How can leaders manage different generations at work?
How do your coworkers communicate? Are they constantly "plugged in," or are they hesitant to rely on evolving forms of digital communication?
If your company mirrors the modern-day office environment, your coworkers are an even mix of tech-savvy millennials, skeptical Gen Xers, and tech-wary baby boomers. Conflicting attitudes and communication styles can pose problems for managers, especially as collaboration is increasingly encouraged in today's workplace. How can leaders address the challenges that result from generational differences?
Accommodate different learning styles: Managers should increase their understanding of generational differences and take advantage of the strengths of each generation. For example, managers can set up mentoring relationships between younger and older employees. Younger employees can learn from senior employees' experience, and older employees can learn from their younger peers about how to adapt to changing technology.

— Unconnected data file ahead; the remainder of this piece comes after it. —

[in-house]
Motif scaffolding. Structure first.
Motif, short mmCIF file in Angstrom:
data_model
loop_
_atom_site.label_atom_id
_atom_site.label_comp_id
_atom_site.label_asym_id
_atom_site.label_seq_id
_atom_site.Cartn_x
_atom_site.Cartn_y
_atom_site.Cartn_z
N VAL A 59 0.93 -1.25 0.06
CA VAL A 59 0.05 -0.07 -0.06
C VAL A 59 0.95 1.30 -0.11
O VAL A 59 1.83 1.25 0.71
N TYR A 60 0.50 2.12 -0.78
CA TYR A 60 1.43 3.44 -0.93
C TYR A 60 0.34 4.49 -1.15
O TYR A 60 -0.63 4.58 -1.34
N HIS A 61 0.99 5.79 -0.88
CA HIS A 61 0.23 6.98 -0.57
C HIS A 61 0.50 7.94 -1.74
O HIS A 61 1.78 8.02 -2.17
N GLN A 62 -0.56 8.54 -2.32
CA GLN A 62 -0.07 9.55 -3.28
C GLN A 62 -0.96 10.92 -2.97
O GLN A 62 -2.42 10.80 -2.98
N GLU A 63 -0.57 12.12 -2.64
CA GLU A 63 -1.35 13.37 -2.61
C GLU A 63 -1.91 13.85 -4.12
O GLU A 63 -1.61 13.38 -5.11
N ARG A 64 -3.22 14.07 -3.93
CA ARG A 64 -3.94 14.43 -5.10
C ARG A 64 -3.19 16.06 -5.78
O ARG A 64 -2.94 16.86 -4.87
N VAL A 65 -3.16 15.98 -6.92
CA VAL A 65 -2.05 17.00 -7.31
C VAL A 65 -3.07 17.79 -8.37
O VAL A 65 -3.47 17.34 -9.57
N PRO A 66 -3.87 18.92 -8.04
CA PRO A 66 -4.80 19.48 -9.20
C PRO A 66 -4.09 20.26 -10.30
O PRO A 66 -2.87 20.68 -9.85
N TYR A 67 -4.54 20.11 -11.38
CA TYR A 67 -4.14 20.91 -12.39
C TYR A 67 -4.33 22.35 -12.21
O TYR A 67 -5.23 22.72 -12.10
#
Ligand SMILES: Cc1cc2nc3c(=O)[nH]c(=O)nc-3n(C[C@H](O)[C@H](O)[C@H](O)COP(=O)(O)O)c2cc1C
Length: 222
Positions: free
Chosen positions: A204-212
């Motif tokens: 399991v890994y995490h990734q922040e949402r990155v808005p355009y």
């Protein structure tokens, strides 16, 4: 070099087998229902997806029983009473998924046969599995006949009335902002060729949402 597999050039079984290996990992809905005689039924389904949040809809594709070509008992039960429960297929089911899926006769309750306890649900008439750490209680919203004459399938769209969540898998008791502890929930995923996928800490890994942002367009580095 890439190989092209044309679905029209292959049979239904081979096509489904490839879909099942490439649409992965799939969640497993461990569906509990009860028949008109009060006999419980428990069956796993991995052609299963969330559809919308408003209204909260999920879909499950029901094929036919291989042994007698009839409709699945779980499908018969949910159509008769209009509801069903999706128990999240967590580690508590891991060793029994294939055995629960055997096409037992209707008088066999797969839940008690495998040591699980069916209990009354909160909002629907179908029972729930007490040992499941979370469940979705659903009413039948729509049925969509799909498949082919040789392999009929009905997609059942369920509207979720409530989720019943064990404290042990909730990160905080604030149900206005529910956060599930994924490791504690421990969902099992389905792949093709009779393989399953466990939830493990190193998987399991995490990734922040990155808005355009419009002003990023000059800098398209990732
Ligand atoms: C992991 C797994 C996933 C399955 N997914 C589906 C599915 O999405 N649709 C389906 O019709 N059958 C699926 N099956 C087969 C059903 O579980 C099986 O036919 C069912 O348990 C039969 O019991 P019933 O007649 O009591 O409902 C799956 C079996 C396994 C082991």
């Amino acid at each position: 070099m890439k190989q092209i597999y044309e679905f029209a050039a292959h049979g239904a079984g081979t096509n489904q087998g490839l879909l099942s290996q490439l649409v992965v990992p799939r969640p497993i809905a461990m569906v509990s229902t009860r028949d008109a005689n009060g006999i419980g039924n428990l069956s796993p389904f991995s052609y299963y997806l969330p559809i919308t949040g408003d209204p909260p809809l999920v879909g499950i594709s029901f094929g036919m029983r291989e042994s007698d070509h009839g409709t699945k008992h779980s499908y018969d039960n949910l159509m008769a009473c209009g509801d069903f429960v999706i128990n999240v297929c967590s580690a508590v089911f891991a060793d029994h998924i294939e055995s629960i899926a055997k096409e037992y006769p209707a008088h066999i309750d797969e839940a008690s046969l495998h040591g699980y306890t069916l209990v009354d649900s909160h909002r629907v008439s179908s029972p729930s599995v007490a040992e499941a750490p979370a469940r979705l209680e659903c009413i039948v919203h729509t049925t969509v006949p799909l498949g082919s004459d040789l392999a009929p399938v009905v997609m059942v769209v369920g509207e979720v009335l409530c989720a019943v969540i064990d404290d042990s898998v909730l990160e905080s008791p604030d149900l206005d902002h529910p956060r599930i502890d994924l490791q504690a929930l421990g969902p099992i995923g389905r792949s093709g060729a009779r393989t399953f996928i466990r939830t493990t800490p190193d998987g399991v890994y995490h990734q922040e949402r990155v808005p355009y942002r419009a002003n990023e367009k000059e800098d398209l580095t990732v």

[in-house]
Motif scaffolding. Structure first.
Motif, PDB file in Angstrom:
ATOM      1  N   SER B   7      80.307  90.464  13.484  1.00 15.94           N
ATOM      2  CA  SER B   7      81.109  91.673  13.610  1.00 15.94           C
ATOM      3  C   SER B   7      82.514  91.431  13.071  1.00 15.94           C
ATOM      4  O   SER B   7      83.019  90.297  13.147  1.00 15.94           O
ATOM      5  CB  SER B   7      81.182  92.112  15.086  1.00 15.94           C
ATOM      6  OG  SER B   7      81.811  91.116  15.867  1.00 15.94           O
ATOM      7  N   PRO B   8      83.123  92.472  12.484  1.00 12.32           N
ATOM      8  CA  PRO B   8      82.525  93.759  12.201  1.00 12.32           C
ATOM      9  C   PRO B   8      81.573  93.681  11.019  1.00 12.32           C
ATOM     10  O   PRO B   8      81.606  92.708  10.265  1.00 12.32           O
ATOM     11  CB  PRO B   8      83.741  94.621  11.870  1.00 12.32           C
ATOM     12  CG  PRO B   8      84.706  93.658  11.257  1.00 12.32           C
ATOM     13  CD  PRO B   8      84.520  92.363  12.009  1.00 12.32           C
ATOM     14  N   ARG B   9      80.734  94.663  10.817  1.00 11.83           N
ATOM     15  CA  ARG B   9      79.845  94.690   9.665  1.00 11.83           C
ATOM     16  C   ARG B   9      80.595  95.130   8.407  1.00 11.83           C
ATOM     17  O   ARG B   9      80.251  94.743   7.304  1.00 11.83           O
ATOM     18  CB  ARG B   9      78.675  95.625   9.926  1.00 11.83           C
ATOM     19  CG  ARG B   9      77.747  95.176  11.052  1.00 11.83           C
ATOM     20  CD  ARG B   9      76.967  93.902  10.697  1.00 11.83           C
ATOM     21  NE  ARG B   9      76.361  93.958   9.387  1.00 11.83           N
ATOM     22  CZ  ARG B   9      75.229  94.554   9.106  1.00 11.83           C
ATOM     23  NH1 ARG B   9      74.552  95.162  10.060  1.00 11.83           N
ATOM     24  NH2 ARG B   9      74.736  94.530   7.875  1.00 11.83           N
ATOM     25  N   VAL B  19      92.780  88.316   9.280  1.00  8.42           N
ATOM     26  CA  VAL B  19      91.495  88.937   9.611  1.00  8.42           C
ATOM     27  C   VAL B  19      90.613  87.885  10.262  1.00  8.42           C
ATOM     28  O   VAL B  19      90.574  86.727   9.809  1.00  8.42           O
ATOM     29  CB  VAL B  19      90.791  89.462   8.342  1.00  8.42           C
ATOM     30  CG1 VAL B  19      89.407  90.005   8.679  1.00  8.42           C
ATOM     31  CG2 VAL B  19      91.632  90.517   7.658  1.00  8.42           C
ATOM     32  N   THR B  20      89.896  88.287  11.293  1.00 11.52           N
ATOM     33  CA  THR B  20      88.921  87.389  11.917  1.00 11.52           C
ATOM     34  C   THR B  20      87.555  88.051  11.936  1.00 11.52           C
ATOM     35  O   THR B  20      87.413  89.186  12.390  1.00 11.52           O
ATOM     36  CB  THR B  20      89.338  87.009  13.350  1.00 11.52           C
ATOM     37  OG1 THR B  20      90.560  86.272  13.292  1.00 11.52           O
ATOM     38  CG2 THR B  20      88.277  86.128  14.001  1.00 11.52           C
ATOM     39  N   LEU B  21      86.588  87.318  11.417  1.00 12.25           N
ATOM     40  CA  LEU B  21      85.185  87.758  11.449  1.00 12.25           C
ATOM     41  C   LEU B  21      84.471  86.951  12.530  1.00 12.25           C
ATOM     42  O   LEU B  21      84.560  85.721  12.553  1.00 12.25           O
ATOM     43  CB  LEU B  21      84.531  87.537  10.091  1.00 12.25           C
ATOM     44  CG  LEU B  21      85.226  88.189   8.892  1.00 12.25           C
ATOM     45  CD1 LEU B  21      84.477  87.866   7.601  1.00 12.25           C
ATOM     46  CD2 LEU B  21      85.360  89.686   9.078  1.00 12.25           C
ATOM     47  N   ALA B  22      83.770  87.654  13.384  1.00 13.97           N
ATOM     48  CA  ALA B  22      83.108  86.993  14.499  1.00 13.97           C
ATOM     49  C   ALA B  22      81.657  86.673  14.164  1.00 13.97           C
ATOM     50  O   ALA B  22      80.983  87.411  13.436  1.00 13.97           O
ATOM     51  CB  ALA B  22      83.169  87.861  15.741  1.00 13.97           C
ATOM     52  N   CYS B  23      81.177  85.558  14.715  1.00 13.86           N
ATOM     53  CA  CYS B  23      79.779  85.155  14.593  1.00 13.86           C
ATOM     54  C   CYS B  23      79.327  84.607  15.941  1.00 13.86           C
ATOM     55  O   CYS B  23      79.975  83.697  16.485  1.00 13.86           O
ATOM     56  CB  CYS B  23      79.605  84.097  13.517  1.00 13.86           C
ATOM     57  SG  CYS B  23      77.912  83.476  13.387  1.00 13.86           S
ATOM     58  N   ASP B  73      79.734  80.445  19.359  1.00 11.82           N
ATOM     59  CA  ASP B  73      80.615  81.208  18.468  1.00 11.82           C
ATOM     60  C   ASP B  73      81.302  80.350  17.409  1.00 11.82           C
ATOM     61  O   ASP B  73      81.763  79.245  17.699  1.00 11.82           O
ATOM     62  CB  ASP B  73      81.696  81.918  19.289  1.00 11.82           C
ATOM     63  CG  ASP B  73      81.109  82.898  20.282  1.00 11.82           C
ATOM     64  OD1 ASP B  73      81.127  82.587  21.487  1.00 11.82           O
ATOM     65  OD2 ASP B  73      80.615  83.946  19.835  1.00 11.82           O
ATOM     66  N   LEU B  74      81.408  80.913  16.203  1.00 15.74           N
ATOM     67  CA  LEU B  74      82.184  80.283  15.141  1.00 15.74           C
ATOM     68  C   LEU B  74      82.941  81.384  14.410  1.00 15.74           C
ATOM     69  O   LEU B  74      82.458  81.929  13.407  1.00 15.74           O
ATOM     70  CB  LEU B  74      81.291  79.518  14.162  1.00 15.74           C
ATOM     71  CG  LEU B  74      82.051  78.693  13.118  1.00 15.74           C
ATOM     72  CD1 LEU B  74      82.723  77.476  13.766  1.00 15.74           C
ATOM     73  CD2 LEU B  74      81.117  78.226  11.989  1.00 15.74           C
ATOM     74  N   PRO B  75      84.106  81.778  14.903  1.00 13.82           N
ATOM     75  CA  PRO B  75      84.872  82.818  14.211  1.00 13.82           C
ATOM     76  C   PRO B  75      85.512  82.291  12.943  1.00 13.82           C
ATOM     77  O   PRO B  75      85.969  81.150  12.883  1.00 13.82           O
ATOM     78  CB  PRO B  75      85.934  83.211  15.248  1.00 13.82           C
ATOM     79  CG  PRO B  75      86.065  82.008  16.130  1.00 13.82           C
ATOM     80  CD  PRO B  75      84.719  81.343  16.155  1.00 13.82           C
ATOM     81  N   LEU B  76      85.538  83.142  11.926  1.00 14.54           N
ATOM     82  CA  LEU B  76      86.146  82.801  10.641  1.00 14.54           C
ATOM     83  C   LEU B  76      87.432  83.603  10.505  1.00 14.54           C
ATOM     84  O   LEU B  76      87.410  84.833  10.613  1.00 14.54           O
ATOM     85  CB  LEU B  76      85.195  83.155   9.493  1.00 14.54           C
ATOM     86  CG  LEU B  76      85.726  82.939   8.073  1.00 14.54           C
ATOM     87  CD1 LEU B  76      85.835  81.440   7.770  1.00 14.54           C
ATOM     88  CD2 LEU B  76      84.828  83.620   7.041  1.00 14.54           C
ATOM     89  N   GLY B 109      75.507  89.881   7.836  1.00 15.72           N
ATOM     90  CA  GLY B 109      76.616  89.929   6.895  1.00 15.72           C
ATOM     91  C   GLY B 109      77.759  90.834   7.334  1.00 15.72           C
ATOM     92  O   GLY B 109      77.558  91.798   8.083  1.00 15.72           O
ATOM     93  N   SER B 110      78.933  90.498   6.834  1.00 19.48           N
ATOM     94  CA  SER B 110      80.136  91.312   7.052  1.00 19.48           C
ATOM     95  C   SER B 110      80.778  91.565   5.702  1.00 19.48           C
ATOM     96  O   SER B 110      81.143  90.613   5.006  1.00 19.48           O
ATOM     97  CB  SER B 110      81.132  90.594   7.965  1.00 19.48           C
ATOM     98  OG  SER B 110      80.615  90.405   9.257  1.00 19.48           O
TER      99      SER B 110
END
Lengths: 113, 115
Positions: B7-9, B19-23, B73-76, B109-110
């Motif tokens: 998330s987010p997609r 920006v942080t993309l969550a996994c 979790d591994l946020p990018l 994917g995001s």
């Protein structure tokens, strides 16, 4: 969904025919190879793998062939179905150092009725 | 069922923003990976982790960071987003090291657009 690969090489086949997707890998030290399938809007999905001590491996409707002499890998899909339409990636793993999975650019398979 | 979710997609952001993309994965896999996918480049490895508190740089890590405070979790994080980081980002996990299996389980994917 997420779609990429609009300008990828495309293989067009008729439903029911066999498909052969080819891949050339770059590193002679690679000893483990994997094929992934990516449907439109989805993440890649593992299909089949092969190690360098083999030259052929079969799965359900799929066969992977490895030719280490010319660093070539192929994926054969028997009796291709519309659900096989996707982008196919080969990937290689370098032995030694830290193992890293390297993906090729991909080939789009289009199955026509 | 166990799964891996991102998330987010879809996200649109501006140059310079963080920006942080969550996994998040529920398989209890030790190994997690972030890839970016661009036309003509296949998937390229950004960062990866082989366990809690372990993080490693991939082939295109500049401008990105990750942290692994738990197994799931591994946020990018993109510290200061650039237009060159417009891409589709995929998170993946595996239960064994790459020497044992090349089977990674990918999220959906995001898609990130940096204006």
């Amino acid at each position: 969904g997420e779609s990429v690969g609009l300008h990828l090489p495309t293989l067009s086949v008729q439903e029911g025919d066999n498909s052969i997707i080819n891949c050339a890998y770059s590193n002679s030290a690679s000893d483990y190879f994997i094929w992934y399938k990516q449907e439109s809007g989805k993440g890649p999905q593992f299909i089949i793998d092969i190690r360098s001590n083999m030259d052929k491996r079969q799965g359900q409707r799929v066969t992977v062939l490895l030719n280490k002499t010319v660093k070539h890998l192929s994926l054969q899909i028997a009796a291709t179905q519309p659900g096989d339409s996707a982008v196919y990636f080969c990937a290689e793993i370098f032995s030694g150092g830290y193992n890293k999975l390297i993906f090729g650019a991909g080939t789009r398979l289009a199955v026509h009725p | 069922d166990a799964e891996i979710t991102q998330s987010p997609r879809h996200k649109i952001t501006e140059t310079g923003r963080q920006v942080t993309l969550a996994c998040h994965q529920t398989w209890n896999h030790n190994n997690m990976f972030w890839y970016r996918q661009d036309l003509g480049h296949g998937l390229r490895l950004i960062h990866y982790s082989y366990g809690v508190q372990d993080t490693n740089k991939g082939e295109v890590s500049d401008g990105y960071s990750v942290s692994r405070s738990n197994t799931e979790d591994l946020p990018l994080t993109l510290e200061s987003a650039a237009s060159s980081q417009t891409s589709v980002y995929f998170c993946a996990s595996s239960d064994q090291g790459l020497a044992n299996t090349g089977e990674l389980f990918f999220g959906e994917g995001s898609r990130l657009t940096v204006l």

Rethink how your company communicates: When managers have important news to communicate, they should send it out in several different formats so that each employee can read or hear the news in a way that is most comfortable to them. Baby boomers may want to hear about it in person, for example, while millennials may prefer an email.
Keep employees happy: Develop flexible incentive plans that can be tailored to each generation. This way, no generational group feels left out. Happy employees are also more likely to work well together. The promise of excellent retirement benefits or above average amounts of vacation time can go a long way toward increasing employee engagement and satisfaction.
Managers should keep these recommendations in mind, and tailor them to the needs of their individual offices. Do you have other tips for managing different generations at work? Share your tips with @NECBedu on Twitter or post on Facebook or LinkedIn!